When you reach a certain age, society tells you that you’re supposed to have specific things in place; to be some way towards reaching an intangible goal. When a few years down the line, you finally understand that having that perfect career, working your way up the ladder, and maintaining a rich and full social life is all but impossible, you’ll probably kick yourself in the foot and scold yourself for not trying hard enough. And that’s a huge problem. With so much pressure to achieve the perfect work-life balance, we’re practically destined to fail; pitting ourselves against a version of life that is simply not achievable.
18 months or so ago, I upped and left home; focused on a better life in Paris. Turning in my quiet country home for a major European capital was just the move I needed, I told myself. I could finally realize my dream of becoming a fully fledged writer- with a social life to envy on the side. I had already lived in Paris for a year when I was younger. I worked as an au pair, and was familiar with the French landscape. I told myself that coming back to live as a permanent resident would be a doddle. I had done this all before, right?
Moving abroad brought a mixed bag of emotions, and although uprooting my life to Paris had been something I knew I wanted to do for quite some time, I could never put my finger on exactly why the city seemed like such a good fit for me. Ask anyone else and they’ll tell you that Parisians are mean, the city is dirty, and the expenses of everyday life are through the roof. It is, of course, all true, and while there’s no denying that things can certainly feel like this on a bad day, there’s something about the city that makes dealing with the bad things worth it.
Paris has an imperceptible energy and for some reason, for whatever reason, I knew that the French capital was where I needed to be in order to guide my life in the direction I so desperately wanted to go. My life, finally, would be on the road to being perfect, and perfection was the goal. Reality however, has a way of getting in the way of the best plans, and while I had a vision of what my life should be like living abroad, my Parisian dream felt like it was just out of reach from the start.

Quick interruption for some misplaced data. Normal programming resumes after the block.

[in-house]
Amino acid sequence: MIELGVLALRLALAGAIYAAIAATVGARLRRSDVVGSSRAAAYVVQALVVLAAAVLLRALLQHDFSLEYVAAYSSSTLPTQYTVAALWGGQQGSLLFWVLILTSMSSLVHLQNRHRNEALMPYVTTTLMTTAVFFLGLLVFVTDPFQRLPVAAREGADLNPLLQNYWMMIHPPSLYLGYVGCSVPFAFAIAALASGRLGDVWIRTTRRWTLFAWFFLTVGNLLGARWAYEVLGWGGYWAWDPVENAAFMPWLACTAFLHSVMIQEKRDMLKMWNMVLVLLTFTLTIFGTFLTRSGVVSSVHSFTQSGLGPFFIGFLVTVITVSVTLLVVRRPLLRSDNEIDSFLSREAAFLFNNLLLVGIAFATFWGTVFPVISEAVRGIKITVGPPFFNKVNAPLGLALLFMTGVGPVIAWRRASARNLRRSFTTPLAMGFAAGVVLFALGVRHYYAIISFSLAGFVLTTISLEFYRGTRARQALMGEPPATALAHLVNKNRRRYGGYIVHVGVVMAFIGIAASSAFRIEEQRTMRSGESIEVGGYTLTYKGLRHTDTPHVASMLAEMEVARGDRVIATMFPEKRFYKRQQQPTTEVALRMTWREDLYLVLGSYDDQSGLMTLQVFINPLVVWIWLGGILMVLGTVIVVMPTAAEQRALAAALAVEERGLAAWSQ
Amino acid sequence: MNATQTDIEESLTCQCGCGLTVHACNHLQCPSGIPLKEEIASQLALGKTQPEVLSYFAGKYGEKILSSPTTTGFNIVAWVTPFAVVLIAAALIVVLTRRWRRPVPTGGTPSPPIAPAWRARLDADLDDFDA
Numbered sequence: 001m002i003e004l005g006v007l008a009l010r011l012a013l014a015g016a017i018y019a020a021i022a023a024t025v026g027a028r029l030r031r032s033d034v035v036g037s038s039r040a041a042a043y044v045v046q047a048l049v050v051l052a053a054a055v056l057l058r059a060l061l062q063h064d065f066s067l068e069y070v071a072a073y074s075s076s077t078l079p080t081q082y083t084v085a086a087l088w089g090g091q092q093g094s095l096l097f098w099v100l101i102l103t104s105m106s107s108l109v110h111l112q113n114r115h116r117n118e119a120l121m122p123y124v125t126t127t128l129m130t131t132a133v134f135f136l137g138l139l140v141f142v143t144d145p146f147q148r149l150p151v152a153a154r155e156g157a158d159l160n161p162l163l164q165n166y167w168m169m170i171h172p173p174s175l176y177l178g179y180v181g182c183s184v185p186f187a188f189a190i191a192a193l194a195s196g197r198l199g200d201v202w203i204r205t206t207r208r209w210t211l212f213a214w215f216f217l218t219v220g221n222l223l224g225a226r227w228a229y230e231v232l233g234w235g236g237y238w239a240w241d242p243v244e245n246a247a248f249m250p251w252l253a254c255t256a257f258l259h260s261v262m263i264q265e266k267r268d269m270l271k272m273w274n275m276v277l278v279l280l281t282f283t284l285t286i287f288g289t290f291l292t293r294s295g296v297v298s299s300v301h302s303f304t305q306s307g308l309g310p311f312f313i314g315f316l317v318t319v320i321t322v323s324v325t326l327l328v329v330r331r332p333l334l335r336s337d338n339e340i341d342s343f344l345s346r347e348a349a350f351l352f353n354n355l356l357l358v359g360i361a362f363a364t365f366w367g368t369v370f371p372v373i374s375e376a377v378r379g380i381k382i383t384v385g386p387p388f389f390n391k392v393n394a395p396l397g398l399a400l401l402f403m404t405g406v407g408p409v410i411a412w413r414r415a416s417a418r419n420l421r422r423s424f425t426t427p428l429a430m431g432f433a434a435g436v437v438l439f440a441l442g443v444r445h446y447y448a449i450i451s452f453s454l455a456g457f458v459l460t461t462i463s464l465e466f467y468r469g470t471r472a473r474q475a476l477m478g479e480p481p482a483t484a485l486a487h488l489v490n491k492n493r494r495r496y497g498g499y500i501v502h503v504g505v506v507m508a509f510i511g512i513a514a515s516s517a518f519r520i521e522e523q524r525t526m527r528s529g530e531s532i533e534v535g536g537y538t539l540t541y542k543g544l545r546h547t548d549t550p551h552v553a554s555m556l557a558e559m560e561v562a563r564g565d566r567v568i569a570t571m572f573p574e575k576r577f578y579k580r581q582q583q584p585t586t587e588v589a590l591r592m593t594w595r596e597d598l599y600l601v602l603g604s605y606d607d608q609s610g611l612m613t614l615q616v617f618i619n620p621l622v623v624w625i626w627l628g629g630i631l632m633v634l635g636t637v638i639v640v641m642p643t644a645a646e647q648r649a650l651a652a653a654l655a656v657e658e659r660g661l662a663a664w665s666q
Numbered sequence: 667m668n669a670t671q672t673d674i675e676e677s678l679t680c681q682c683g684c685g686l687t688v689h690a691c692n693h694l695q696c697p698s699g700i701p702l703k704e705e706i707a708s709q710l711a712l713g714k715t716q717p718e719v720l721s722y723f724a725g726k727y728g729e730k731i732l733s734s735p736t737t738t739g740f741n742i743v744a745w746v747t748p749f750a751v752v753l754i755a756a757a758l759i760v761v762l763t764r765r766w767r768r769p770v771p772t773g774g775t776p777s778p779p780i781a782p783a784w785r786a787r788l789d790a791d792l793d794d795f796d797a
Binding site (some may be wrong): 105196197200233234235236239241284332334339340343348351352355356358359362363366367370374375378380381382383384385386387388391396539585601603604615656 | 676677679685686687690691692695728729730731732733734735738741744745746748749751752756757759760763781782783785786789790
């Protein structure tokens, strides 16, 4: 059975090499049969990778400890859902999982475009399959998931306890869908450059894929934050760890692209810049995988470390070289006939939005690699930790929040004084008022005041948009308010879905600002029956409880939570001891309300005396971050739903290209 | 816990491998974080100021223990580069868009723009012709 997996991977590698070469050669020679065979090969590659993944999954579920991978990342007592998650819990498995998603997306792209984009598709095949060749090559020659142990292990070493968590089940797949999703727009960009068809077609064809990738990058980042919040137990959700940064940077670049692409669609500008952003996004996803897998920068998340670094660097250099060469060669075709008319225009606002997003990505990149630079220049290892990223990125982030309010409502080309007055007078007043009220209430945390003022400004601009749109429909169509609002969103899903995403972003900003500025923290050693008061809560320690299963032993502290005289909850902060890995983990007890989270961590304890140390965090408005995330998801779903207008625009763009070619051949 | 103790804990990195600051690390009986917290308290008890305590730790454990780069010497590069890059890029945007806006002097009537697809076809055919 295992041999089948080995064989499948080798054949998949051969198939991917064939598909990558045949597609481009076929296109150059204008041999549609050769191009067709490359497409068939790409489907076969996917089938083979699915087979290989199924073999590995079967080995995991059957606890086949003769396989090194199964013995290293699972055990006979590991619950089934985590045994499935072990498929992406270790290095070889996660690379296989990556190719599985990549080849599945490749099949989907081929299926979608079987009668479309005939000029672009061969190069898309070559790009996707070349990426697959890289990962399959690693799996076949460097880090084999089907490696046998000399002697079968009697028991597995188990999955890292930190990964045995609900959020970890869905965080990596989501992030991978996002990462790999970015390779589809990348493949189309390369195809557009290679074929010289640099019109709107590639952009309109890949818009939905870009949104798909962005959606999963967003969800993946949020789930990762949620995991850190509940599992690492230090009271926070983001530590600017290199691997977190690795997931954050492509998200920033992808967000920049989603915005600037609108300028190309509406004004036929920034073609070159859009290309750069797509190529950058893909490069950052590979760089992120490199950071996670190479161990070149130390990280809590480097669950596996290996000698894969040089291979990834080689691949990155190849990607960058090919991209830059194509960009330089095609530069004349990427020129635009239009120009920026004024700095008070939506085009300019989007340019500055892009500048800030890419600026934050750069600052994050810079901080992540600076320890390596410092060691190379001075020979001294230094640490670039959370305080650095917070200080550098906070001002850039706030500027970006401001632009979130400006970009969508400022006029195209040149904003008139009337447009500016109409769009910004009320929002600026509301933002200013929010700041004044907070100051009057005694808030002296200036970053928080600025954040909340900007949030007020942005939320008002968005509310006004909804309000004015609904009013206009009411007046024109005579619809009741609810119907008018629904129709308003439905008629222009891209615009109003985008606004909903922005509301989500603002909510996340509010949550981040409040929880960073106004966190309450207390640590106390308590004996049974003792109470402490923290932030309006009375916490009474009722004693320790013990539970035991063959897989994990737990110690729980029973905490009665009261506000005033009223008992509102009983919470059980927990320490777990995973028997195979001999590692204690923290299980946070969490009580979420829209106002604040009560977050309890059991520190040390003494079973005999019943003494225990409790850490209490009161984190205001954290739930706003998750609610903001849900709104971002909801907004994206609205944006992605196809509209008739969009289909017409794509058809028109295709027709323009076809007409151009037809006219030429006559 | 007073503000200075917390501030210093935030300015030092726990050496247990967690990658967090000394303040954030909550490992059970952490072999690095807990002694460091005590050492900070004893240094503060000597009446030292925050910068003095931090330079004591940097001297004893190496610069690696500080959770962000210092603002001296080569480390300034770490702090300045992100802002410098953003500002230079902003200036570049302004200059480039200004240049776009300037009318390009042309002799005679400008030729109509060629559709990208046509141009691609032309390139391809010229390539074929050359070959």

Making the shift from full time HR employee to full time freelancer, I initially struggled to find enough work to support my life at home in the states. Living with my parents, it was a stretch to see how I might be able to support myself abroad, on my own terms.
The first six months of my newly chosen career were an uphill battle and some days I questioned my ability to choose the right kind of future for myself. In the end, it came down to persistence, and after a bout of furious networking, self-marketing, and pitching, I managed to get things into gear. After six months behind the computer screen, working from my childhood bedroom, Paris was only a stone’s throw away and with it came the promise of a better life.
A few months before my planned move in August 2015, I found a spare room on an apartment sharing website, and I saw my frugal little plan begin to take shape before my eyes. The flat I was going to share was small and poky, but I would have my own room in my own space; that, for me, was what being rich felt like. My tentative venture into the great unknown was weighed down with a stack of bureaucratic papers and diminishing bank statements, but despite the heaviness of it all, I couldn’t help but feel a flurry of excitement building around me. This is what people dream of I told myself. This is all finally happening to me.
The fact that the move itself was underwhelming should have come as less of a shock than it actually did. The city, thick with a late August heat, did little to celebrate my return. People went about their business as usual. I moved into my apartment alone. Old friends lazily got back in touch. Things were merely plodding along and while I didn’t feel as instantaneously happy as I thought I was going to, I told myself that things would soon get better. Just another week and I would find my place. Just a few more months and my career would be flying. I packed my evenings with new events with nothing more than the hope of meeting new people, and while things didn’t feel completely natural, I knew I was doing everything I was supposed to do in order to be happy.
The first couple of months in Paris brought with them a sudden activity and with every passing working day and every passing friendship seemingly forged, I began to let myself believe that I had created for myself the perfect life. How things change in retrospect. Now, 18 months deep into the experience, I see those early days in an entirely new light; the early cracks just starting to make themselves known. I was busier than ever, going out more than ever, and working longer hours to make myself a living. This was what making it looked like, right? This was how things were supposed to play out. Then why was I starting to feel everything crumbling away?
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A freelance writer and social media consultant, Hannah is based in France. She has written for publications as diverse as NO TOFU magazine and The Huffington Post, specialising in the visual arts and culture. For more of Hannah’s writing and information on her work, visit thefrenchreader.com